Santa Barbara, CA — Animal Wellness Action applauded the Santa Barbara County Board of Supervisors for safeguarding the community’s quality of life and fighting cruelty to animals by approving an ordinance aimed at restricting the number of roosters allowed per property, with exemptions for legitimate agriculture operations. The vote was 4 to 1, with Supervisors Joan Hartmann, Laura Capps, Das Williams, and Chairman Steve Lavagnino favoring the measure. Santa Barbara joins more than 15 other counties in the state with similar ordinances, including Los Angeles, Orange, San Bernardino, San Diego, and Ventura.
The ordinance, initiated by Supervisor Hartmann and supported by Animal Wellness Action and recommended by the County Agricultural Advisory Committee, introduces regulations based on property size in unincorporated areas. It limits the number of roosters to five for non-permitted property owners, emphasizing the need to protect the tranquility of residential areas and to curb rampant illegal cockfighting activities that pose a threat to both public safety and legitimate agricultural practices.
“The Board of Supervisors took a strong stand for maintaining the quality of life for rural Santa Barbara residents and for targeting the illegal activity of cockfighting by passing this important anti-cruelty ordinance,” said Wayne Pacelle, president of Animal Wellness Action and the Center for a Humane Economy. “Cockfighting is rampant throughout California, and action by local governments are needed to prevent cruelty and the wide range of crimes entangled with it.”
Eric Sakach, a court-certified national expert on cockfighting with Animal Wellness Action, and Dr. Tom Pool, a retired Army Colonel and former commander of the U.S. Army Veterinary Command and former Territorial Veterinarian for Guam, provided expert testimony in favor of the measure.
Division Chief Lars Seifert and Animal Services Director Sarah Aguilar highlighted the value of the ordinance during the public hearing. “Limiting the number of roosters on a single premise protects the health and safety of the county’s residents and the quiet enjoyment of their homes by minimizing public nuisances, illegal cockfighting, and the raising of birds used for cockfighting,” Aguilar stated during the hearing. The county’s Agriculture Advisory Committee also favored the measure.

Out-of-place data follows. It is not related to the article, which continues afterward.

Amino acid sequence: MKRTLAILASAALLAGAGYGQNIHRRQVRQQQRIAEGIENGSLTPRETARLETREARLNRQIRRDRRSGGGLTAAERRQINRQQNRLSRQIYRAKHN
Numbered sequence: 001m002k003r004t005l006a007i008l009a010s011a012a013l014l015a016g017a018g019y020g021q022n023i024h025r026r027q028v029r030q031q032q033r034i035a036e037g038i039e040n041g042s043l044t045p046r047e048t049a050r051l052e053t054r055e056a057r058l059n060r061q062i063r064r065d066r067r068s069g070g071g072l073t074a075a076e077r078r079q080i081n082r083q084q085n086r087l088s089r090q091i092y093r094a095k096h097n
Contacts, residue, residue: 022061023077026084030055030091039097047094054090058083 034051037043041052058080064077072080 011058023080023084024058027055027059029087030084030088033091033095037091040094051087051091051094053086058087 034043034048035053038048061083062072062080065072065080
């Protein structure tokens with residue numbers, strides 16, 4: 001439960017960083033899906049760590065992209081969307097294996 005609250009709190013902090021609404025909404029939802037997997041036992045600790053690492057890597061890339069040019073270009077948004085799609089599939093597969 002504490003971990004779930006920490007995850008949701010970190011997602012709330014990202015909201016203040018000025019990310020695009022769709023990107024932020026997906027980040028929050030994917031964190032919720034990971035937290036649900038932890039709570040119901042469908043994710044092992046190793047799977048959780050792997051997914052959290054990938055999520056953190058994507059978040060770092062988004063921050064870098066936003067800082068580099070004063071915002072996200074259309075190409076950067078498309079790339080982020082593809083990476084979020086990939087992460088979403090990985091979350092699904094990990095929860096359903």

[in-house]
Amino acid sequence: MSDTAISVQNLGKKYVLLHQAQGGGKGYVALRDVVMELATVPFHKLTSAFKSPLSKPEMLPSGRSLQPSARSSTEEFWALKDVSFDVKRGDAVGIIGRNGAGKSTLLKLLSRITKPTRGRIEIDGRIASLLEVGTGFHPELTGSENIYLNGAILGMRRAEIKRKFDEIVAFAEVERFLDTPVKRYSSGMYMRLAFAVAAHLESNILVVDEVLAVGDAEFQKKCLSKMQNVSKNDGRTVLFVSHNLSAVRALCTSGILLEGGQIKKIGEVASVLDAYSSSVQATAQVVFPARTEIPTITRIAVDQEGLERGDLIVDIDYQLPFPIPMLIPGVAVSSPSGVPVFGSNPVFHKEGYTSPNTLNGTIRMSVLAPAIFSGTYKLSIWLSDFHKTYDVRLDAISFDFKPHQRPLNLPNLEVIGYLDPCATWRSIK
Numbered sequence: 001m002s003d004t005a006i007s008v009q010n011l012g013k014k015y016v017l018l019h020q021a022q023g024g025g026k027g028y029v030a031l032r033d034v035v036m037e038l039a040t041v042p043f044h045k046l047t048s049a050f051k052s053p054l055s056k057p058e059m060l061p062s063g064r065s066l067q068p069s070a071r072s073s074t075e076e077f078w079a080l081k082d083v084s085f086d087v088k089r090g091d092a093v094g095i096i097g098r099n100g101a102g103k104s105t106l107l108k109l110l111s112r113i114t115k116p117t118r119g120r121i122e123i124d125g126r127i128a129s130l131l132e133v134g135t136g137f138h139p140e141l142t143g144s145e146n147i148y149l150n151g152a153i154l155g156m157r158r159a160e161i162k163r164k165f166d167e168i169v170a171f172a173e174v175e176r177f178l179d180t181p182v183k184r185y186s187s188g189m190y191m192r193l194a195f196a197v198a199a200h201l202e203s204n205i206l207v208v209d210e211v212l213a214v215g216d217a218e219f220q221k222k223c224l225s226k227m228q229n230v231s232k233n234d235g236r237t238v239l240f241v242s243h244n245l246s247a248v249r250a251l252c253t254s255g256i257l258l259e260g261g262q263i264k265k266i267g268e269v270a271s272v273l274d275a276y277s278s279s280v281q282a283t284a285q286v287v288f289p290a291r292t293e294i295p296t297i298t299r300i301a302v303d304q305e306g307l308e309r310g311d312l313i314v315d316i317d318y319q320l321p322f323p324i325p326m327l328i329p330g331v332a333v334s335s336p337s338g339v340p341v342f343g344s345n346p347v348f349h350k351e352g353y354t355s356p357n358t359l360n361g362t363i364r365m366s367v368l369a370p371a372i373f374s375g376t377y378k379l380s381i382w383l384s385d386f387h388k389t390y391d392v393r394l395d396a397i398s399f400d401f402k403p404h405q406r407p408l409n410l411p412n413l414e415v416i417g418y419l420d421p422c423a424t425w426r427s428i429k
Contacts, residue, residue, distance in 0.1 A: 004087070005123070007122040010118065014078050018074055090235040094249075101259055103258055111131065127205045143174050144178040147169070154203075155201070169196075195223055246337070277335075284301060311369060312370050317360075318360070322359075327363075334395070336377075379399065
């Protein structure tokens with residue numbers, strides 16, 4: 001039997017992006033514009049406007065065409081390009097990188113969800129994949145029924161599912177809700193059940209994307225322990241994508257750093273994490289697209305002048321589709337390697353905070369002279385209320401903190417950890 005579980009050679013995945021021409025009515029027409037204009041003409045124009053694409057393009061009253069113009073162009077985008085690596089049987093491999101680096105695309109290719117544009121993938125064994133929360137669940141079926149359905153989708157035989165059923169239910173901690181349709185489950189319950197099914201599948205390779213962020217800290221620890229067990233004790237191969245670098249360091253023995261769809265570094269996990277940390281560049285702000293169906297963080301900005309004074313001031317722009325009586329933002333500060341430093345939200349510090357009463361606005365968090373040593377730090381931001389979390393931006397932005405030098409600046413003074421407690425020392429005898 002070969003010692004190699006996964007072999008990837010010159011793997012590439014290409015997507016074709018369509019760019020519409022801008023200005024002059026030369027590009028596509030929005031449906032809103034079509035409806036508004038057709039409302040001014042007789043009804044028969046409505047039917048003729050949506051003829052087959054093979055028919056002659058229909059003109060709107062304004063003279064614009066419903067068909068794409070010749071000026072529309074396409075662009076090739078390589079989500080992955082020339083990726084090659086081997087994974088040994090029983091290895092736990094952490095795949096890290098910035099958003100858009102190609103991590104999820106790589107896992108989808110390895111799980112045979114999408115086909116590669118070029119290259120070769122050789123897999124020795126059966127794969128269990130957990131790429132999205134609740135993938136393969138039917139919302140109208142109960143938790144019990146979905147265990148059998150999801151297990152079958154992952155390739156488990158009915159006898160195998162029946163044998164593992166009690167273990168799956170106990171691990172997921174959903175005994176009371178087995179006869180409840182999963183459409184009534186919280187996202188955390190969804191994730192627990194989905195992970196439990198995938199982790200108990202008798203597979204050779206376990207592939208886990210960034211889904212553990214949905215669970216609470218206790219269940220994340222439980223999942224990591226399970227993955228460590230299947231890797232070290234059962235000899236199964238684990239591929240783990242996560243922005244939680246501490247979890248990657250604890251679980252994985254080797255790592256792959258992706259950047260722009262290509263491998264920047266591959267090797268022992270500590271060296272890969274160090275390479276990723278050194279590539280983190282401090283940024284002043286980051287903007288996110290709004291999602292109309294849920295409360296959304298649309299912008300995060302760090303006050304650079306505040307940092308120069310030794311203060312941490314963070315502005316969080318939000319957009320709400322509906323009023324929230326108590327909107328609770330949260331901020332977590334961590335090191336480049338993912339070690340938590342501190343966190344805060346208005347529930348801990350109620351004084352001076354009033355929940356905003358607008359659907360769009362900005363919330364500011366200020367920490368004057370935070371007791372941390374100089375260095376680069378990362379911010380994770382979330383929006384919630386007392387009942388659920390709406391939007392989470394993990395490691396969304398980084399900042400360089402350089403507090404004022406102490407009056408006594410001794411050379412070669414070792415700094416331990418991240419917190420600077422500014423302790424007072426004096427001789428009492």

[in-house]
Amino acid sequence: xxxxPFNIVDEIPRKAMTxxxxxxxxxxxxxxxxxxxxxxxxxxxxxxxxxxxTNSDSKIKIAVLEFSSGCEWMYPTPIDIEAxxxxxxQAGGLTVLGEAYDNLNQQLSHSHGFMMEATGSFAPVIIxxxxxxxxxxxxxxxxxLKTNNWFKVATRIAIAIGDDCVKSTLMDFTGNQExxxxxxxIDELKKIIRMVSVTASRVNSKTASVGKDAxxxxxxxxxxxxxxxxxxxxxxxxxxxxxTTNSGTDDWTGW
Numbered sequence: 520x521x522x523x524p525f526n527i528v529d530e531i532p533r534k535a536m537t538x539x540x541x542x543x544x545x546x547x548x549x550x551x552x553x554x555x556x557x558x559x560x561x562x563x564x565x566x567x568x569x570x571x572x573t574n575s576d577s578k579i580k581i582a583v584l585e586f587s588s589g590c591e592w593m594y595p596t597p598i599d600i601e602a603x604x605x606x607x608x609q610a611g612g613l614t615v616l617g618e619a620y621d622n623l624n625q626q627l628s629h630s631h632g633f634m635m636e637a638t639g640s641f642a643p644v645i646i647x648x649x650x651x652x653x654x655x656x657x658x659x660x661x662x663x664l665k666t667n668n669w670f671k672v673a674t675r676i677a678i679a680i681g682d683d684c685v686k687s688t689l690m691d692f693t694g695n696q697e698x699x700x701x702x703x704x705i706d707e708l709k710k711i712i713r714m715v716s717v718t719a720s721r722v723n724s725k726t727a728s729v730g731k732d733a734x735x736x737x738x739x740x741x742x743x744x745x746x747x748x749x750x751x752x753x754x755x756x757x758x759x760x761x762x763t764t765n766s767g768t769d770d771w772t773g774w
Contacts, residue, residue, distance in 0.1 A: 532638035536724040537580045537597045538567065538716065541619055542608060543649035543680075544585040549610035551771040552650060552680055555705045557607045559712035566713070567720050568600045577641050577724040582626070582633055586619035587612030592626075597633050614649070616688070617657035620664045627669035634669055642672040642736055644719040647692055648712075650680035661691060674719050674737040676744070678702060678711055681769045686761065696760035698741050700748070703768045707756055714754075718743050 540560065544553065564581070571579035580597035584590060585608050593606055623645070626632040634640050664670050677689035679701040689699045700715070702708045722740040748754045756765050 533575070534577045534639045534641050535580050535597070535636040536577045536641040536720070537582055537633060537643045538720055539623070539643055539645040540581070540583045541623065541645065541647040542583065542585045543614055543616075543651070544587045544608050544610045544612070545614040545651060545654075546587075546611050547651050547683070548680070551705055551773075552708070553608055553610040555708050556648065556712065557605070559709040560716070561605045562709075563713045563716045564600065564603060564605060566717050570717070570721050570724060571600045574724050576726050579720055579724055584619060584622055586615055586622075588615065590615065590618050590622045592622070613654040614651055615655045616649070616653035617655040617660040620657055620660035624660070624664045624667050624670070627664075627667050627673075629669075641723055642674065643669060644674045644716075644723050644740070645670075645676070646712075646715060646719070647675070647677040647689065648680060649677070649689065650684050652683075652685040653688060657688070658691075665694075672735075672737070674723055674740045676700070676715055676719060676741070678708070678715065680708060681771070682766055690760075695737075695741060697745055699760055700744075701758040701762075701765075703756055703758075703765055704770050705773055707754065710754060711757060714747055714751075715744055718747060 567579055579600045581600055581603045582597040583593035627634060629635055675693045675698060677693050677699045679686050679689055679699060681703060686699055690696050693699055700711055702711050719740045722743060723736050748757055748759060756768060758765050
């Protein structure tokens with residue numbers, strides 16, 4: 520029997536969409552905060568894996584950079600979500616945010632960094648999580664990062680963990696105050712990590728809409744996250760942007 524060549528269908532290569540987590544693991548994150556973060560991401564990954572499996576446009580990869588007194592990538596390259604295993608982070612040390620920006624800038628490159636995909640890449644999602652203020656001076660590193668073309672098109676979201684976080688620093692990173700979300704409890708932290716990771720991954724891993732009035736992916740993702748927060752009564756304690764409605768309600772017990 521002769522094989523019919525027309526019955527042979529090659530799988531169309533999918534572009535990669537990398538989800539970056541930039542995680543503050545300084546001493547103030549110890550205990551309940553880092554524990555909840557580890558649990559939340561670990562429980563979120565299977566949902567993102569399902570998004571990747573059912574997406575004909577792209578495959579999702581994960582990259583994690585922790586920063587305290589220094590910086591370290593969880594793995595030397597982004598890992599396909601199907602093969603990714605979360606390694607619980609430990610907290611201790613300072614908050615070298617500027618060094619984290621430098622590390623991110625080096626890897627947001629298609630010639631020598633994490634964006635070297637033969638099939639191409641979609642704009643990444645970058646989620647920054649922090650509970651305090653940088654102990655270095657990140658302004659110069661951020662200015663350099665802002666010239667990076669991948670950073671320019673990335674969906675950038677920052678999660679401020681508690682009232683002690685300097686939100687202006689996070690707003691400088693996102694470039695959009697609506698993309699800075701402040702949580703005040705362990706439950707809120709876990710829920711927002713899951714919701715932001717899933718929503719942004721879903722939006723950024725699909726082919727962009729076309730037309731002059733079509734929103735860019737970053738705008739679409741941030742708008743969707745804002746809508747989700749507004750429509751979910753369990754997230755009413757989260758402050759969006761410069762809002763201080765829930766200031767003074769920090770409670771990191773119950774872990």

Under the proposed ordinance, specific guidelines, and penalties for violating the provisions have been delineated. The regulations offer exceptions for agricultural students’ projects and provisions for obtaining permits to keep higher numbers of roosters under stringent guidelines. Violations of the ordinance would be treated as infractions, with fines up to $500 and potential civil proceedings to ensure compliance.
Animal Wellness Action has conducted extensive investigations of cockfighting in California, uncovering that thousands of birds are raised in California and annually shipped to Guam, the Philippines, and other Pacific Rim jurisdictions. While state and federal anti-cockfighting laws are strong, enforcement is weak, and the counties have a critical role to play in not allowing major cockfighting breeding farms to operate until false pretenses.
“If Santa Barbara didn’t take this action, we would continue to see more cockfighting operations set up in that jurisdiction, precisely because other nearby counties forbid cockfighters from raising large numbers of roosters,” added Pacelle. “The work by the Board of Supervisors makes the county safer for animals and for people now and sends a signal that cockfighters are not welcome.”
Former U.S. Rep. Elton Gallegy (R-Simi Valley), represented much of Santa Barbara County for 10 years in Congress. He led federal efforts to make dogfighting and cockfighting a federal felony.